[Opinion] Labor in vain

There was hardly good news for the Filipino workers as they marked Labor Day last May 1. The study by Partido ng Manggagawa revealed that the cost of living for a family of six in Metro Manila alone as of April this year has already reached P1,217 per day.

The figures, of course, will differ in other regions and provinces. One can only imagine how a family of six can survive on a daily basis with P1,217 a day considering the exorbitant cost of basic necessities today. Yet the problem lies not only in the daily cost of living but in the cost of minimum wage in Metro Manila which is P456 a day.

A minimum wage earner head of the family will need P761 more just to meet the ideal cost of living in Metro Manila. Even if both parents work, their combined (daily minimum wage) income will not be enough to feed the entire family.

The survey did not provide for savings and social security which is in the government’s basket of goods and services comprising 10 percent of the cost of living. It also did not include items such as leisure and recreation, and the family budget for health excluded medical expenses.

If those items were to be included, for sure, a minimum wage earner will need more than P1,200 per day to meet the ideal daily cost of living.

Also disconnected from reality is the cost of living estimate by the National Wages and Productivity Council at P917 per day. This outdated amount has been continuously used by the NWPC since 2008 even if it no longer reflects the actual cost of living and because of inflation.

Even if the P85 wage petition filed earlier April is granted by the NCR wage board, the amount will not be enough to bridge the huge gap between the minimum wage and the cost of living. It remains doubtful, however, if the petition will earn positive action from the NWPC.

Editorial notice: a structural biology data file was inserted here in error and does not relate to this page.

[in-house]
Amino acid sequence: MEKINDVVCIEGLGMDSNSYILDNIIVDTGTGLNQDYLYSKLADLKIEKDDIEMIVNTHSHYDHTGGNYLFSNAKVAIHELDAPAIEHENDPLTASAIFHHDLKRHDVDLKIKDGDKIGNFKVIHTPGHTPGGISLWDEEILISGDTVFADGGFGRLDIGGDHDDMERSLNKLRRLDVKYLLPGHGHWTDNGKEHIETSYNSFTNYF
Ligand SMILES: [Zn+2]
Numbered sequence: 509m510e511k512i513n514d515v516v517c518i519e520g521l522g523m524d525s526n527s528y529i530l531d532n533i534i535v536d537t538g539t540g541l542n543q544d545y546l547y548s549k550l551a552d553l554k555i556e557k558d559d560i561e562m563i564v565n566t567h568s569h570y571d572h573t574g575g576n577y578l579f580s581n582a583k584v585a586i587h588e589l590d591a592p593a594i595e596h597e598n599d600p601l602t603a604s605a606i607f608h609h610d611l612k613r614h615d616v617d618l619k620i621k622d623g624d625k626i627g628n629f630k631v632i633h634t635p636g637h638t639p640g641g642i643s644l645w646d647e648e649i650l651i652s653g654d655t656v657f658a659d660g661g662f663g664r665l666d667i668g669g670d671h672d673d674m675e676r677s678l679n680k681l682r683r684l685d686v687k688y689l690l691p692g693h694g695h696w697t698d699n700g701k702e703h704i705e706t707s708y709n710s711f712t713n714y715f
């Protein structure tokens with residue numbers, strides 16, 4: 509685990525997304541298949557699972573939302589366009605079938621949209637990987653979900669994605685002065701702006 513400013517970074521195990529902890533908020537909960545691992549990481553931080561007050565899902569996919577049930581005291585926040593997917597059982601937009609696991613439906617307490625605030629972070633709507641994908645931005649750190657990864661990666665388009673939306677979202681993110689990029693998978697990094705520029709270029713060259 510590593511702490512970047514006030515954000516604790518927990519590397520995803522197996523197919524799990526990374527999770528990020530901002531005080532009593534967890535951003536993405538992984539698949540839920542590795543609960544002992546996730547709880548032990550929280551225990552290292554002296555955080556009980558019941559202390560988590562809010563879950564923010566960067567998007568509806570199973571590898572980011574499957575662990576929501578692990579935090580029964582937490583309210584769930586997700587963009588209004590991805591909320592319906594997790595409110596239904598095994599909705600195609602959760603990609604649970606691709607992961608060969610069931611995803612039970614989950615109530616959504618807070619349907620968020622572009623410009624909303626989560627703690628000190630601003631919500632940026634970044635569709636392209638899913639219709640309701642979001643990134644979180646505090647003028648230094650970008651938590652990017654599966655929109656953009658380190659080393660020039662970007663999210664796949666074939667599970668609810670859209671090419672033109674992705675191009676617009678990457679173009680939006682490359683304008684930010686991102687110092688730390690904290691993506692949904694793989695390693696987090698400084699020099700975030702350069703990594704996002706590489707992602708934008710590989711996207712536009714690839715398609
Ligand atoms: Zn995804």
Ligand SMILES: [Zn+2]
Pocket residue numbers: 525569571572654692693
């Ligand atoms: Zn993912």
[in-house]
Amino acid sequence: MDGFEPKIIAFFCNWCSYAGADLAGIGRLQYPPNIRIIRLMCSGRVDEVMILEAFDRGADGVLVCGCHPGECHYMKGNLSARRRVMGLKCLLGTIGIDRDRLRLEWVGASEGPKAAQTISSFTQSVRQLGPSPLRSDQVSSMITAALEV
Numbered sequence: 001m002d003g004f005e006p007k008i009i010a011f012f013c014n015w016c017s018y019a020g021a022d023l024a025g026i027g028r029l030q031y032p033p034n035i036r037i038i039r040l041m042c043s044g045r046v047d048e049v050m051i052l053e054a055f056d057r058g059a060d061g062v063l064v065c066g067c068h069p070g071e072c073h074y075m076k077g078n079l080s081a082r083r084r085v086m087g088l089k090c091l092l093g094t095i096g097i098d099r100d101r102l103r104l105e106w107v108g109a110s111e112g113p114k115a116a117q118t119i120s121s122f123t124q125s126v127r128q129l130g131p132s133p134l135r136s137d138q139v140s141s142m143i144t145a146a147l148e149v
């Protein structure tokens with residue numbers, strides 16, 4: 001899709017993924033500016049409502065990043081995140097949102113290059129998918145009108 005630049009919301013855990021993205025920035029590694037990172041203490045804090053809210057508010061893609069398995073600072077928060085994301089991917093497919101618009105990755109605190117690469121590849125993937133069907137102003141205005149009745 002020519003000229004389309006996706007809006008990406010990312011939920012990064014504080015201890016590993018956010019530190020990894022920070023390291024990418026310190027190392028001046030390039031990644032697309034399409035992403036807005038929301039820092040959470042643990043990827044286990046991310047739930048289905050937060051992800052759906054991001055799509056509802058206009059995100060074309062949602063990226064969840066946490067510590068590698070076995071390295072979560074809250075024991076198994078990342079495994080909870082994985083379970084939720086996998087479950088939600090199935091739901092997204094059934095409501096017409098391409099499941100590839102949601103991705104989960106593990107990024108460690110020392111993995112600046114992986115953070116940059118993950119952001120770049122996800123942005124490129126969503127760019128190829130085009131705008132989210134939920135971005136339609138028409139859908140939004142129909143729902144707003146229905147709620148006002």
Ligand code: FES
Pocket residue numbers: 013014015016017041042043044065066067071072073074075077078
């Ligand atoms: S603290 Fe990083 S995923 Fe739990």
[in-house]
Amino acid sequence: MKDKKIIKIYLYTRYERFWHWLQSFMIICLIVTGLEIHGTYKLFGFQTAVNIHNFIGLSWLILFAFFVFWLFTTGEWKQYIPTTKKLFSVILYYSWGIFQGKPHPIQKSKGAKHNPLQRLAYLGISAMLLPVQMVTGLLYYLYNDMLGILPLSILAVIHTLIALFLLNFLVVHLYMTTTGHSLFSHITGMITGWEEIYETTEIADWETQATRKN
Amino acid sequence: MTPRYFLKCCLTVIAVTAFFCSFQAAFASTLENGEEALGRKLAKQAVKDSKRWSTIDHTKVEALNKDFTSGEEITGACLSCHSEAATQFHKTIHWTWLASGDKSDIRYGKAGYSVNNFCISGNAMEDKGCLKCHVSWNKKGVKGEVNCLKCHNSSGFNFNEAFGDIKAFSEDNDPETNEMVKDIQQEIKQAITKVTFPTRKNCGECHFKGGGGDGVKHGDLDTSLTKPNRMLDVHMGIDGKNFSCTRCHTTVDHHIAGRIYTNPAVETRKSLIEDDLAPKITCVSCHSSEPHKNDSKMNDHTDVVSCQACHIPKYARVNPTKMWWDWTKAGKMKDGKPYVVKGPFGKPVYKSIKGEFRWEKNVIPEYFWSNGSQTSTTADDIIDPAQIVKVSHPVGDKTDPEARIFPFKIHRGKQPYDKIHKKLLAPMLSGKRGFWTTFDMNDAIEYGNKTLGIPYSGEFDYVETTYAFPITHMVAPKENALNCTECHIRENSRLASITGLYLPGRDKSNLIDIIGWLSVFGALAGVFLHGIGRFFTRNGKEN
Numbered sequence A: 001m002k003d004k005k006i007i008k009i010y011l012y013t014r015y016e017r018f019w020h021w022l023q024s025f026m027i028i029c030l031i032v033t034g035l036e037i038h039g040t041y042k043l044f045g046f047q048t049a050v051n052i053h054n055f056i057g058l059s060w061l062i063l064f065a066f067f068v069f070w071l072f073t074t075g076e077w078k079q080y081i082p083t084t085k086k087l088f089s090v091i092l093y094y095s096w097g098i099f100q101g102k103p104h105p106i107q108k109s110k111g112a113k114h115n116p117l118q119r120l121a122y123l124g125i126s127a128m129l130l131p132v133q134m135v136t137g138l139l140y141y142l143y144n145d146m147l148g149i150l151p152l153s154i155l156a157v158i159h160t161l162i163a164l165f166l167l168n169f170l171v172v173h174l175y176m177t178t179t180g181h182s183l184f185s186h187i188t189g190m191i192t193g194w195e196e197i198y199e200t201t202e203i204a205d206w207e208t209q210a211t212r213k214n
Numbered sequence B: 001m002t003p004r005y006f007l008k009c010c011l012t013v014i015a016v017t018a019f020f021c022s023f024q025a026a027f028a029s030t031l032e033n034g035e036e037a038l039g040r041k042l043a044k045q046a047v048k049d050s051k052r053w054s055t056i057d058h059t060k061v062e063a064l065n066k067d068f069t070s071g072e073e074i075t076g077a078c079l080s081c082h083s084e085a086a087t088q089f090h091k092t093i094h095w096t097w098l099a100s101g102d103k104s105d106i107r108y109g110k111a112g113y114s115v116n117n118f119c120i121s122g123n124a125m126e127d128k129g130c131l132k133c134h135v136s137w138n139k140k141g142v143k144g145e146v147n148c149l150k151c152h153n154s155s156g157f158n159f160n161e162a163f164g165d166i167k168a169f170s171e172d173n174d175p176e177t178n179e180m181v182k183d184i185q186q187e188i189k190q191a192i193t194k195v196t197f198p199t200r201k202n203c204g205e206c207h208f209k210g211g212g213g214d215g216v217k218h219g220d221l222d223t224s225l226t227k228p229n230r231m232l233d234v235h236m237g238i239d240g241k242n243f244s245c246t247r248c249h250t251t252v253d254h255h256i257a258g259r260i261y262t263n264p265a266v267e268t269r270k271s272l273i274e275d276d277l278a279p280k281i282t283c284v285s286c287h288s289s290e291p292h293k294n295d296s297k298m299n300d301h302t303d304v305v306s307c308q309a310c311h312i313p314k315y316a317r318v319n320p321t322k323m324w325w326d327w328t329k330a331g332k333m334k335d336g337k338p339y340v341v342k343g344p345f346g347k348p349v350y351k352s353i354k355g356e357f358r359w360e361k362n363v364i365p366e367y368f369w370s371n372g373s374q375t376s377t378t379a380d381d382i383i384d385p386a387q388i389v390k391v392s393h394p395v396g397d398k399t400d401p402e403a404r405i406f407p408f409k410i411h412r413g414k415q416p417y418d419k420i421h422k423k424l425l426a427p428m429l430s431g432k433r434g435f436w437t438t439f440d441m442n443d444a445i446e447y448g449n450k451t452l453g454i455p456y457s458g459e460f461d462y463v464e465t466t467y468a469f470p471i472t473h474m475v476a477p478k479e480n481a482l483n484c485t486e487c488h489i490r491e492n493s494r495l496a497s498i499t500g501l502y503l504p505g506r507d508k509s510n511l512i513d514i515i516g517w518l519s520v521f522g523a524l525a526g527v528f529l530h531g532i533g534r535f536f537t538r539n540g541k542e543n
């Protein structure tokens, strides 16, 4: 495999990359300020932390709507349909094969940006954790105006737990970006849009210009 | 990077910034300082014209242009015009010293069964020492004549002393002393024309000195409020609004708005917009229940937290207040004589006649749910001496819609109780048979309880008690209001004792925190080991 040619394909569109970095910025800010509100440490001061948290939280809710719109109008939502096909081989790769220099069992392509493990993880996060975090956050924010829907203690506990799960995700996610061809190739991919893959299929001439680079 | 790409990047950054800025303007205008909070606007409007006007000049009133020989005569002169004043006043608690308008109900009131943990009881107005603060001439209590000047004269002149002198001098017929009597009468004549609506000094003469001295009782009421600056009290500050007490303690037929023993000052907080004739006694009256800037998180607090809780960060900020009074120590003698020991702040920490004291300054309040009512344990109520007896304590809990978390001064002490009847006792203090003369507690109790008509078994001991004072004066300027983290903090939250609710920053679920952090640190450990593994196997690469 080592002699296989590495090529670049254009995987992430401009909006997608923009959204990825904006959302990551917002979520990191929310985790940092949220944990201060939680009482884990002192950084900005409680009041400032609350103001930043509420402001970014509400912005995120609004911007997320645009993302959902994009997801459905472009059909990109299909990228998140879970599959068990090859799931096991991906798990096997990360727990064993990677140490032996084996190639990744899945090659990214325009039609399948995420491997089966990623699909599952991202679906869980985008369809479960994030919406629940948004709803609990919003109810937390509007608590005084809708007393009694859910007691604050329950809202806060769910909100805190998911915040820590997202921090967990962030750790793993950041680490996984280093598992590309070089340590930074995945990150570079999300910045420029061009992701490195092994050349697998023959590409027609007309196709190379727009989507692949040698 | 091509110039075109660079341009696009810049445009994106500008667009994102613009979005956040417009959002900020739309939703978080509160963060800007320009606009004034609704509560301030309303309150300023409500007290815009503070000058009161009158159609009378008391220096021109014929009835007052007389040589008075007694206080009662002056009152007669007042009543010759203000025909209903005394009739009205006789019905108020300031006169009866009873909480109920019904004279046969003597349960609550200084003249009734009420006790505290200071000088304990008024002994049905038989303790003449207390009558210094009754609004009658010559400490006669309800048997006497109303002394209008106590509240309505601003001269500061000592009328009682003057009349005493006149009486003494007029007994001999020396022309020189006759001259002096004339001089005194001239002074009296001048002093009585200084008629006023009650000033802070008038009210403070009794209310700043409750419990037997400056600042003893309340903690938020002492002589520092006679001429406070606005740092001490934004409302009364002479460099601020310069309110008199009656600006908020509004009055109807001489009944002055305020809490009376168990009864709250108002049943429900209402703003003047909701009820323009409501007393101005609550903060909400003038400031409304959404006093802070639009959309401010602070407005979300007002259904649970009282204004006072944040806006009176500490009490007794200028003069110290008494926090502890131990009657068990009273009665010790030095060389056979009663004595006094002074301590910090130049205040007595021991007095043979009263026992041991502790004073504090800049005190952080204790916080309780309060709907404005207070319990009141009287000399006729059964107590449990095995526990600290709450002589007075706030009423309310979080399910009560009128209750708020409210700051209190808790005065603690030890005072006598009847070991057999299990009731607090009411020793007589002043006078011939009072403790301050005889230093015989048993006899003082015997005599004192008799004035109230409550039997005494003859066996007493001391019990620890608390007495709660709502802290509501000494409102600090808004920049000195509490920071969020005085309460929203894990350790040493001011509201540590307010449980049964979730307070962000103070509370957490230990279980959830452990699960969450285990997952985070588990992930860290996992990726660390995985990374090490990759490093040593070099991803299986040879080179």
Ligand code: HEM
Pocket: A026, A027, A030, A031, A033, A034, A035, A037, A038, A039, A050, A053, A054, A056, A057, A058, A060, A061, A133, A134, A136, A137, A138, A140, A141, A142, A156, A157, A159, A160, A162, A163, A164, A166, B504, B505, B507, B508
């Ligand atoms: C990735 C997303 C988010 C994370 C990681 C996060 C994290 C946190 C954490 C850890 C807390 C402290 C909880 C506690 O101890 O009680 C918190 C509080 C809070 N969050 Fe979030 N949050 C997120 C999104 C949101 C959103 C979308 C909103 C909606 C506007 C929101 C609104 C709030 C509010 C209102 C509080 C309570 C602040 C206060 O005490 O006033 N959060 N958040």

Historically, since the establishment of the NCR wage board in 1989, no basic wage increase was ever granted above P30, whether the economy was in boom or bust. In fact, these wage boards have not been effective in addressing the wage increase demands of the workers. The wage orders were always delayed and it benefits a few workers because they are not across-the-board and riddled with exemptions, deferments and creditability clauses.

The wage board can be abolished now and establish a National Wage Commission which has a mandate of fixing wages based on the single criterion of cost of living. The NWC can equalize minimum wage and the current cost of living by a host of mechanisms such as wage increases, tax exemptions, price discounts and social security subsidies for workers.

Moreover, since we are not inclined to impose the burden of household chores and child rearing to the female parent, then the government’s basket of goods must have provision for a househelp. Even the Kasambahay Law implicitly recognizes that a househelp is a necessity even for working class households.

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